There’s A Reason More Bettors Prefer Legal Sportsbooks (Like Knowing You’ll Get Paid!)
New research from the American Gaming Association shows that more U.S. bettors are moving away from illegal bookmakers to use safe, legal options. Last year, spending with illegal bookies fell 25 percent in states with regulated sports betting.
U.S. sports bettors are getting the message that legal, regulated sports betting providers trump illegal bookies, for a number of important reasons—including the guarantee that if they win, they’ll get paid.
New research from the American Gaming Association (AGA) shows that, in states with legal sports betting states, illegal bookies took in 25% less percent less in 2019, while legal online and mobile betting spend increased 12%.
The AGA study shows that bettors overwhelmingly prefer legal operators, with 74% saying it’s important to only bet through legal providers. Despite this, 52% of sports bettors participated in the illegal market in 2019. The study found that illegal sports betting is driven largely by confusion about online operators. More than half (55%) of consumers who placed most of their wagers with illegal operators believed they bet legally.
In the Shadows
“Illegal, offshore operators continue to take advantage of unknowing consumers,” said AGA President and CEO Bill Miller. “This only worsened during the sports shutdown, with unregulated bookmakers offering odds on everything from the weather and shark migration patterns to whether your friends’ marriage will survive the pandemic.”
Even respected news organizations like the New York Times and Wall Street Journal, as well as ESPN and Yahoo Sports have mistakenly promoted offshore sportsbooks, unaware that they are illegal in the U.S., and offer none of the protections and safeguards of the regulated market. The AGA is quick to contact these outlets, and point them to its website, which offers an up-to-date list of licensed online and retail sportsbooks.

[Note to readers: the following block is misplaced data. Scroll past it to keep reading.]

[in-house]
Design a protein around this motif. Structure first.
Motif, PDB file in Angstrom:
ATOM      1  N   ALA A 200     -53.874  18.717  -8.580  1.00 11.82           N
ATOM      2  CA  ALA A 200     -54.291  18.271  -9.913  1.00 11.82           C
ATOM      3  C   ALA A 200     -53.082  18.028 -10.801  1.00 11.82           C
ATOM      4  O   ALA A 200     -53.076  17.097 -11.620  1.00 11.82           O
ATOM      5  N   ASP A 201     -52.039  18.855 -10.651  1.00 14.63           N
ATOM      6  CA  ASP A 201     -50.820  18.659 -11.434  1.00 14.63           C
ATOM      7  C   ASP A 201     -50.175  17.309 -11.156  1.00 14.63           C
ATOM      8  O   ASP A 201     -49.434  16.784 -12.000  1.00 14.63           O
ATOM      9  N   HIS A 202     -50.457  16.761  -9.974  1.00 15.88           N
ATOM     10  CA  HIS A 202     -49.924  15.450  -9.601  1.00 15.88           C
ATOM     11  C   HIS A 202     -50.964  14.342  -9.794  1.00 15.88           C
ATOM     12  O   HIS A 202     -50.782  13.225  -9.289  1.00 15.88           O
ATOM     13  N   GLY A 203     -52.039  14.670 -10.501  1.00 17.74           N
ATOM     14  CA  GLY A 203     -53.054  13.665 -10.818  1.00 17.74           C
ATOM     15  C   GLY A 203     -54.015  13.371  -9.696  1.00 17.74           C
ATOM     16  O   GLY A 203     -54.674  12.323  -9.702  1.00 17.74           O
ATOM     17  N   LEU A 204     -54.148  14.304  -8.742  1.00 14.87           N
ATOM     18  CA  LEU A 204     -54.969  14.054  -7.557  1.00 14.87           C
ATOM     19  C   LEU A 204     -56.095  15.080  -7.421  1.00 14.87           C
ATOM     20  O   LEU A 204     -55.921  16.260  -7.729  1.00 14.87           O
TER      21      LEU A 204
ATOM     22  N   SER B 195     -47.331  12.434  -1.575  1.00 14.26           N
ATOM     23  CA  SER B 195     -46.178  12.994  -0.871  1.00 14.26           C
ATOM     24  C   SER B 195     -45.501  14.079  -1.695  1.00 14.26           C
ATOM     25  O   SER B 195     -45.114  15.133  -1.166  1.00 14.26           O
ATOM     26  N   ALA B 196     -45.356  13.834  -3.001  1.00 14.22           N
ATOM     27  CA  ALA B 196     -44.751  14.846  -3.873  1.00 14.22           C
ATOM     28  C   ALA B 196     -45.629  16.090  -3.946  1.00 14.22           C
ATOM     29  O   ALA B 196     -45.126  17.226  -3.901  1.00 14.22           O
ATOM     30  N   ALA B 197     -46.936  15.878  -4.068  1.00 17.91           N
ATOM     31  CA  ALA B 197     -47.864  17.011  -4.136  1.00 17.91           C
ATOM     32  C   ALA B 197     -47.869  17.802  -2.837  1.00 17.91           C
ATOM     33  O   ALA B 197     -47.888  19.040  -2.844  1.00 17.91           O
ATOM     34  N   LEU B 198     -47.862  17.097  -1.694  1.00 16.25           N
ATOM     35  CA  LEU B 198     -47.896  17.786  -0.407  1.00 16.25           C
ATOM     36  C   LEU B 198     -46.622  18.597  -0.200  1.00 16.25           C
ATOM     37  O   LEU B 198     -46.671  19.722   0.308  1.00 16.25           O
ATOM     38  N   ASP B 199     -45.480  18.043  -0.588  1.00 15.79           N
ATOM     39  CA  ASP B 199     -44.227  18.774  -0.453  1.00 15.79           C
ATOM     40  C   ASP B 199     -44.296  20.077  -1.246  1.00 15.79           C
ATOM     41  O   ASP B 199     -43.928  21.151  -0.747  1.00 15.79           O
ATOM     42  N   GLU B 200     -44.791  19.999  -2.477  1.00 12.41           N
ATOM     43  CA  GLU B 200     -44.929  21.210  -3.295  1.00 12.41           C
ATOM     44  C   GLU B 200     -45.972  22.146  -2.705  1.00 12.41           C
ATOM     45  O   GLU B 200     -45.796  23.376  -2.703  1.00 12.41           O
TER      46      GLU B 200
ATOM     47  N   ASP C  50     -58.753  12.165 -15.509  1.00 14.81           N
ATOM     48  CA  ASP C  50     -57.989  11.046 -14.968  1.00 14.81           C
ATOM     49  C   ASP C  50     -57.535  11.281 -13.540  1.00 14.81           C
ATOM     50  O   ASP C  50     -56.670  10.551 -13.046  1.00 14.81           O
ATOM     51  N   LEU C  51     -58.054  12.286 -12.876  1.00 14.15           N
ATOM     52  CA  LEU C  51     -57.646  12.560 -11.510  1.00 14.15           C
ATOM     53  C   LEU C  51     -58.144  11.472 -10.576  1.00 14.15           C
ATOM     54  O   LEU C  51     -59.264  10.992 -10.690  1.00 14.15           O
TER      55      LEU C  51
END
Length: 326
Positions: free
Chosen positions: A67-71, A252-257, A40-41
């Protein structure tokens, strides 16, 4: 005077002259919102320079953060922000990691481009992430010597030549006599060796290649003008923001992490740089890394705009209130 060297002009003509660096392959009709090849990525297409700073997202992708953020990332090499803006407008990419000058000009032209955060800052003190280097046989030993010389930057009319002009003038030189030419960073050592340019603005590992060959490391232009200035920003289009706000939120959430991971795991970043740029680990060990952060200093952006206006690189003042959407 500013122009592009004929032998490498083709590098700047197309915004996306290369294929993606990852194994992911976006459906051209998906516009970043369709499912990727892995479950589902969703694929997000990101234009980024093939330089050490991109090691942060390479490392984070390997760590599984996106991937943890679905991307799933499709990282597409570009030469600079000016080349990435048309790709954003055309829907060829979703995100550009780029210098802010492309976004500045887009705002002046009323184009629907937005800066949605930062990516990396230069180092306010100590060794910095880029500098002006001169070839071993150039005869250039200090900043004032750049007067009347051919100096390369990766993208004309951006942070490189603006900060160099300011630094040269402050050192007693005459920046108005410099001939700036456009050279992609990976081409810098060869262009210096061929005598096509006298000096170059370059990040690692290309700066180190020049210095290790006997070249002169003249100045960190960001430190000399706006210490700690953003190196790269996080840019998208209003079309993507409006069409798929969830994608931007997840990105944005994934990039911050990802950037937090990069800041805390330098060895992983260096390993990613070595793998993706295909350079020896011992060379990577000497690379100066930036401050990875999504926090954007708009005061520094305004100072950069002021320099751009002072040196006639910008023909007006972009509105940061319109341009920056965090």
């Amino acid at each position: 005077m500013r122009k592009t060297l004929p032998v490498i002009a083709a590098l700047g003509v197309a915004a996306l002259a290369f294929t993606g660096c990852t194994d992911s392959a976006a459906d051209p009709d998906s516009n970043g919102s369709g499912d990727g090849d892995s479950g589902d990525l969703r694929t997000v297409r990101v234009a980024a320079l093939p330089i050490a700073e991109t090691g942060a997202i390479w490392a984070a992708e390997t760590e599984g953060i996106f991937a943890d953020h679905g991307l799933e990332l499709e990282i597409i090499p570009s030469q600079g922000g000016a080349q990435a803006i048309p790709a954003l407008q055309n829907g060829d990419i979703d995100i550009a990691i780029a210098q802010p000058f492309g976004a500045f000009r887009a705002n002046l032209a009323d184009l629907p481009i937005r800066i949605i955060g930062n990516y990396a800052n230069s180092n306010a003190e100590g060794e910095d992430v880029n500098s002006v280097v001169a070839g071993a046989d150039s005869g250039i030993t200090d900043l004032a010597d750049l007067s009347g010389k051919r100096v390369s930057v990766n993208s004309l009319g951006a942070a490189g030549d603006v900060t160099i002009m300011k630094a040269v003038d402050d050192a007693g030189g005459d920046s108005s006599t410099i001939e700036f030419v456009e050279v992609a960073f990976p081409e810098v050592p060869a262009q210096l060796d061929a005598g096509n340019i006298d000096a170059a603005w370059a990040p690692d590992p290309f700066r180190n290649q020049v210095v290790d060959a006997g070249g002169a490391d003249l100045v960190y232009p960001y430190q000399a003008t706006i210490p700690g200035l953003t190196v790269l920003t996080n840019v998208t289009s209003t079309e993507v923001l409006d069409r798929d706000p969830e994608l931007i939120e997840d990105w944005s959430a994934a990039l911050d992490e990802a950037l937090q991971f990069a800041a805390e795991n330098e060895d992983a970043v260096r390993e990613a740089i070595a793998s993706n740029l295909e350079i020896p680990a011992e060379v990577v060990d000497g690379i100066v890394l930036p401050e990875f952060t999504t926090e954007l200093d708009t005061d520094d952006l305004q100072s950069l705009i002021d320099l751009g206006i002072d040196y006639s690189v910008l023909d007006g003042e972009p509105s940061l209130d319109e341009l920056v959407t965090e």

The AGA is also focused on educating customers on how to wager legally Miller said, especially with the return of Major League Baseball this week and the NBA this month.
Is Your Bookie Legal? It’s Easy to Find Out
There are other important reasons bettors should beware of offshore bookies, said Miller. In addition to the risk of not getting paid, these bookies don’t contribute to tax revenues in the state, and they don’t produce any jobs in the country.
Moreover, “you don’t know where the proceeds of the betting are going,” Miller warned. “You’re not at all clear how your personal information is going to be used. If you’re funding (bets) with a PayPal account, what happens with that data? It’s a worry for all of us, all the time, even in the most legitimate business transactions in cyberspace.”
It’s easy to find out if your sportsbook is legal and protected. Go to the AGA’s interactive sports betting map at https://www.americangaming.org/research/state-gaming-map.
What’s An Affiliate, and Why Does It Matter?
In most states, online gaming operators have partners who help them market their products to prospective players. These partners are called affiliates. Affiliates are licensed in each jurisdiction, in a process similar to the one undergone by operators. In some states, this is a lengthy and expensive process. iGaming Player was one of the first licensed affiliates in New Jersey—and it took a year for it to win final licensing approval.
Here’s a good way to determine if an affiliate is legitimate: look at the website’s ads. If the affiliate is advertising any operators NOT listed on the AGA interactive map, there’s a good chance they’re not licensed.
Remember, doing business with offshore operators and unlicensed providers, including affiliates, just isn’t worth the gamble. To be safe, and bet safe, only patronize legal U.S. sportsbook operators.